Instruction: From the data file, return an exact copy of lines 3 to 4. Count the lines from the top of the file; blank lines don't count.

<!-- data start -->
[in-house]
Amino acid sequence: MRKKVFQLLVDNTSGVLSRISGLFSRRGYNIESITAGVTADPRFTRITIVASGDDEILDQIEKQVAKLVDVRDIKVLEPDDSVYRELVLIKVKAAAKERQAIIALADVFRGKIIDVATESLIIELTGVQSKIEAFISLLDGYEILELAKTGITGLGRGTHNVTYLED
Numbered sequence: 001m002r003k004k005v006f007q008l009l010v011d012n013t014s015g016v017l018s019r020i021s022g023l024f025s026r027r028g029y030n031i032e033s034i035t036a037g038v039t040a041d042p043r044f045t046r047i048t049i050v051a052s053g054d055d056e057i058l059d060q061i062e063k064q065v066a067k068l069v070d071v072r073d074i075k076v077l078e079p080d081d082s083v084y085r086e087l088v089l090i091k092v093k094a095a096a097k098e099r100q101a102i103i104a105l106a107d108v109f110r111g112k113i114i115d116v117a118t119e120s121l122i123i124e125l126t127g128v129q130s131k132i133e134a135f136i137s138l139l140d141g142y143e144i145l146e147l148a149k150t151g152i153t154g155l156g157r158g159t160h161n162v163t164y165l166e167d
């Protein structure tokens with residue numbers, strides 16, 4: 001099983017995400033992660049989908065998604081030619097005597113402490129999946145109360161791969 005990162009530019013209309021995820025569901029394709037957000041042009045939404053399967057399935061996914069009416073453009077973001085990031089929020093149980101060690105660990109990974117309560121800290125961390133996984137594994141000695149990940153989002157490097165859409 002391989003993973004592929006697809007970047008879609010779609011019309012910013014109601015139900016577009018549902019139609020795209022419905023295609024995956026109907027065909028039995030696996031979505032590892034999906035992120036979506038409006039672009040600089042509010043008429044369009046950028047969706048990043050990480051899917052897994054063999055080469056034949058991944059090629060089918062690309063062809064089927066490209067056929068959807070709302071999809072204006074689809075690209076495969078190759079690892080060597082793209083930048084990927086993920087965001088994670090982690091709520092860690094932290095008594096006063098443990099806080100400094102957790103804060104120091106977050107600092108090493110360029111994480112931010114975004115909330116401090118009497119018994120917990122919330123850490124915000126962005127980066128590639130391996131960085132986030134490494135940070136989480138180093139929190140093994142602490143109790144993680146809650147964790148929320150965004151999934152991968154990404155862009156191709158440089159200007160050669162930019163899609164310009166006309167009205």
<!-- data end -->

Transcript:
Numbered sequence: 001m002r003k004k005v006f007q008l009l010v011d012n013t014s015g016v017l018s019r020i021s022g023l024f025s026r027r028g029y030n031i032e033s034i035t036a037g038v039t040a041d042p043r044f045t046r047i048t049i050v051a052s053g054d055d056e057i058l059d060q061i062e063k064q065v066a067k068l069v070d071v072r073d074i075k076v077l078e079p080d081d082s083v084y085r086e087l088v089l090i091k092v093k094a095a096a097k098e099r100q101a102i103i104a105l106a107d108v109f110r111g112k113i114i115d116v117a118t119e120s121l122i123i124e125l126t127g128v129q130s131k132i133e134a135f136i137s138l139l140d141g142y143e144i145l146e147l148a149k150t151g152i153t154g155l156g157r158g159t160h161n162v163t164y165l166e167d
């Protein structure tokens with residue numbers, strides 16, 4: 001099983017995400033992660049989908065998604081030619097005597113402490129999946145109360161791969 005990162009530019013209309021995820025569901029394709037957000041042009045939404053399967057399935061996914069009416073453009077973001085990031089929020093149980101060690105660990109990974117309560121800290125961390133996984137594994141000695149990940153989002157490097165859409 002391989003993973004592929006697809007970047008879609010779609011019309012910013014109601015139900016577009018549902019139609020795209022419905023295609024995956026109907027065909028039995030696996031979505032590892034999906035992120036979506038409006039672009040600089042509010043008429044369009046950028047969706048990043050990480051899917052897994054063999055080469056034949058991944059090629060089918062690309063062809064089927066490209067056929068959807070709302071999809072204006074689809075690209076495969078190759079690892080060597082793209083930048084990927086993920087965001088994670090982690091709520092860690094932290095008594096006063098443990099806080100400094102957790103804060104120091106977050107600092108090493110360029111994480112931010114975004115909330116401090118009497119018994120917990122919330123850490124915000126962005127980066128590639130391996131960085132986030134490494135940070136989480138180093139929190140093994142602490143109790144993680146809650147964790148929320150965004151999934152991968154990404155862009156191709158440089159200007160050669162930019163899609164310009166006309167009205």